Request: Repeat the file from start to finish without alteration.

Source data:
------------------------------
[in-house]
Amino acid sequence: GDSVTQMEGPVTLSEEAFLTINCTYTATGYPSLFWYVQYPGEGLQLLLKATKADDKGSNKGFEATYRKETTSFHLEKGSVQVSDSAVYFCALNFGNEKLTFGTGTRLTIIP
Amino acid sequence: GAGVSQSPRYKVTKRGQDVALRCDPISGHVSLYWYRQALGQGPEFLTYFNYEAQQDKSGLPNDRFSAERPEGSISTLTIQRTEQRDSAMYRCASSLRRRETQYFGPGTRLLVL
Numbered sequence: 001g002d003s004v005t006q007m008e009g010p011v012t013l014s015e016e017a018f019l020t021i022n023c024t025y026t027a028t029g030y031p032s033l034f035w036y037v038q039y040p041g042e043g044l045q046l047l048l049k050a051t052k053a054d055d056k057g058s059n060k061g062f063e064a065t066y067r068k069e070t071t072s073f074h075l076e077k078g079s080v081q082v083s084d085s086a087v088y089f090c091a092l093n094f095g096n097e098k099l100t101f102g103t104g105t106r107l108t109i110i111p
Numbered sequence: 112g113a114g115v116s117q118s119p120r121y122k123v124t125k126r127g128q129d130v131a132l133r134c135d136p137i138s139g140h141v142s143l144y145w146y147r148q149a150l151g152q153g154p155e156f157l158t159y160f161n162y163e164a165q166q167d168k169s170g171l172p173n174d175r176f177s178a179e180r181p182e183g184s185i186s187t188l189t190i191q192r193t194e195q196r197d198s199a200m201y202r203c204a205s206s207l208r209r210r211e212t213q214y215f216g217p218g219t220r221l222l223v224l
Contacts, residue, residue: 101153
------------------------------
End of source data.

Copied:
[in-house]
Amino acid sequence: GDSVTQMEGPVTLSEEAFLTINCTYTATGYPSLFWYVQYPGEGLQLLLKATKADDKGSNKGFEATYRKETTSFHLEKGSVQVSDSAVYFCALNFGNEKLTFGTGTRLTIIP
Amino acid sequence: GAGVSQSPRYKVTKRGQDVALRCDPISGHVSLYWYRQALGQGPEFLTYFNYEAQQDKSGLPNDRFSAERPEGSISTLTIQRTEQRDSAMYRCASSLRRRETQYFGPGTRLLVL
Numbered sequence: 001g002d003s004v005t006q007m008e009g010p011v012t013l014s015e016e017a018f019l020t021i022n023c024t025y026t027a028t029g030y031p032s033l034f035w036y037v038q039y040p041g042e043g044l045q046l047l048l049k050a051t052k053a054d055d056k057g058s059n060k061g062f063e064a065t066y067r068k069e070t071t072s073f074h075l076e077k078g079s080v081q082v083s084d085s086a087v088y089f090c091a092l093n094f095g096n097e098k099l100t101f102g103t104g105t106r107l108t109i110i111p
Numbered sequence: 112g113a114g115v116s117q118s119p120r121y122k123v124t125k126r127g128q129d130v131a132l133r134c135d136p137i138s139g140h141v142s143l144y145w146y147r148q149a150l151g152q153g154p155e156f157l158t159y160f161n162y163e164a165q166q167d168k169s170g171l172p173n174d175r176f177s178a179e180r181p182e183g184s185i186s187t188l189t190i191q192r193t194e195q196r197d198s199a200m201y202r203c204a205s206s207l208r209r210r211e212t213q214y215f216g217p218g219t220r221l222l223v224l
Contacts, residue, residue: 101153